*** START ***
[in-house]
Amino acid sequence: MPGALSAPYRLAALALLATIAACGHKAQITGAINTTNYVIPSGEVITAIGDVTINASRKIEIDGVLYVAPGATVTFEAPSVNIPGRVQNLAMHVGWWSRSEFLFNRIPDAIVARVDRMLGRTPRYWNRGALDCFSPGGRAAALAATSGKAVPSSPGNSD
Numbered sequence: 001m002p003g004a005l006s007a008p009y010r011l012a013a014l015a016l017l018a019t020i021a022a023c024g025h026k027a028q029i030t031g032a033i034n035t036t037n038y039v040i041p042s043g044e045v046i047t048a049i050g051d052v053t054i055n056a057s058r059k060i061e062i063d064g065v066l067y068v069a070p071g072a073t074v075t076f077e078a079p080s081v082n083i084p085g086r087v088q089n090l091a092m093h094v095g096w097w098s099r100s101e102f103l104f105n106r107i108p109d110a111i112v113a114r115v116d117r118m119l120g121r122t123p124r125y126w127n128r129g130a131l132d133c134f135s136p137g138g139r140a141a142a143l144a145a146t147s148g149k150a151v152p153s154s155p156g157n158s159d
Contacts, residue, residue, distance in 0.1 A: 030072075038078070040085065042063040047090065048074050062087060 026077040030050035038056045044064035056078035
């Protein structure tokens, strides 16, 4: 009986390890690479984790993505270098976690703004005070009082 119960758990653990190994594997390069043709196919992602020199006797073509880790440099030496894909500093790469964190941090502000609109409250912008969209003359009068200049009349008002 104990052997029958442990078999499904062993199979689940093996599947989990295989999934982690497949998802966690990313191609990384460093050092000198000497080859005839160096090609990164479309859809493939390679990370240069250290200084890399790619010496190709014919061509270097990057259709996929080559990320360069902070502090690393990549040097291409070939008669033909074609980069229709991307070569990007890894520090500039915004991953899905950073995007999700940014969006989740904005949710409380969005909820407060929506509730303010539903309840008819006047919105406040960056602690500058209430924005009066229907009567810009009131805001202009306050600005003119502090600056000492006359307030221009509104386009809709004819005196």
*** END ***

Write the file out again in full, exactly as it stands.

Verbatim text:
[in-house]
Amino acid sequence: MPGALSAPYRLAALALLATIAACGHKAQITGAINTTNYVIPSGEVITAIGDVTINASRKIEIDGVLYVAPGATVTFEAPSVNIPGRVQNLAMHVGWWSRSEFLFNRIPDAIVARVDRMLGRTPRYWNRGALDCFSPGGRAAALAATSGKAVPSSPGNSD
Numbered sequence: 001m002p003g004a005l006s007a008p009y010r011l012a013a014l015a016l017l018a019t020i021a022a023c024g025h026k027a028q029i030t031g032a033i034n035t036t037n038y039v040i041p042s043g044e045v046i047t048a049i050g051d052v053t054i055n056a057s058r059k060i061e062i063d064g065v066l067y068v069a070p071g072a073t074v075t076f077e078a079p080s081v082n083i084p085g086r087v088q089n090l091a092m093h094v095g096w097w098s099r100s101e102f103l104f105n106r107i108p109d110a111i112v113a114r115v116d117r118m119l120g121r122t123p124r125y126w127n128r129g130a131l132d133c134f135s136p137g138g139r140a141a142a143l144a145a146t147s148g149k150a151v152p153s154s155p156g157n158s159d
Contacts, residue, residue, distance in 0.1 A: 030072075038078070040085065042063040047090065048074050062087060 026077040030050035038056045044064035056078035
């Protein structure tokens, strides 16, 4: 009986390890690479984790993505270098976690703004005070009082 119960758990653990190994594997390069043709196919992602020199006797073509880790440099030496894909500093790469964190941090502000609109409250912008969209003359009068200049009349008002 104990052997029958442990078999499904062993199979689940093996599947989990295989999934982690497949998802966690990313191609990384460093050092000198000497080859005839160096090609990164479309859809493939390679990370240069250290200084890399790619010496190709014919061509270097990057259709996929080559990320360069902070502090690393990549040097291409070939008669033909074609980069229709991307070569990007890894520090500039915004991953899905950073995007999700940014969006989740904005949710409380969005909820407060929506509730303010539903309840008819006047919105406040960056602690500058209430924005009066229907009567810009009131805001202009306050600005003119502090600056000492006359307030221009509104386009809709004819005196």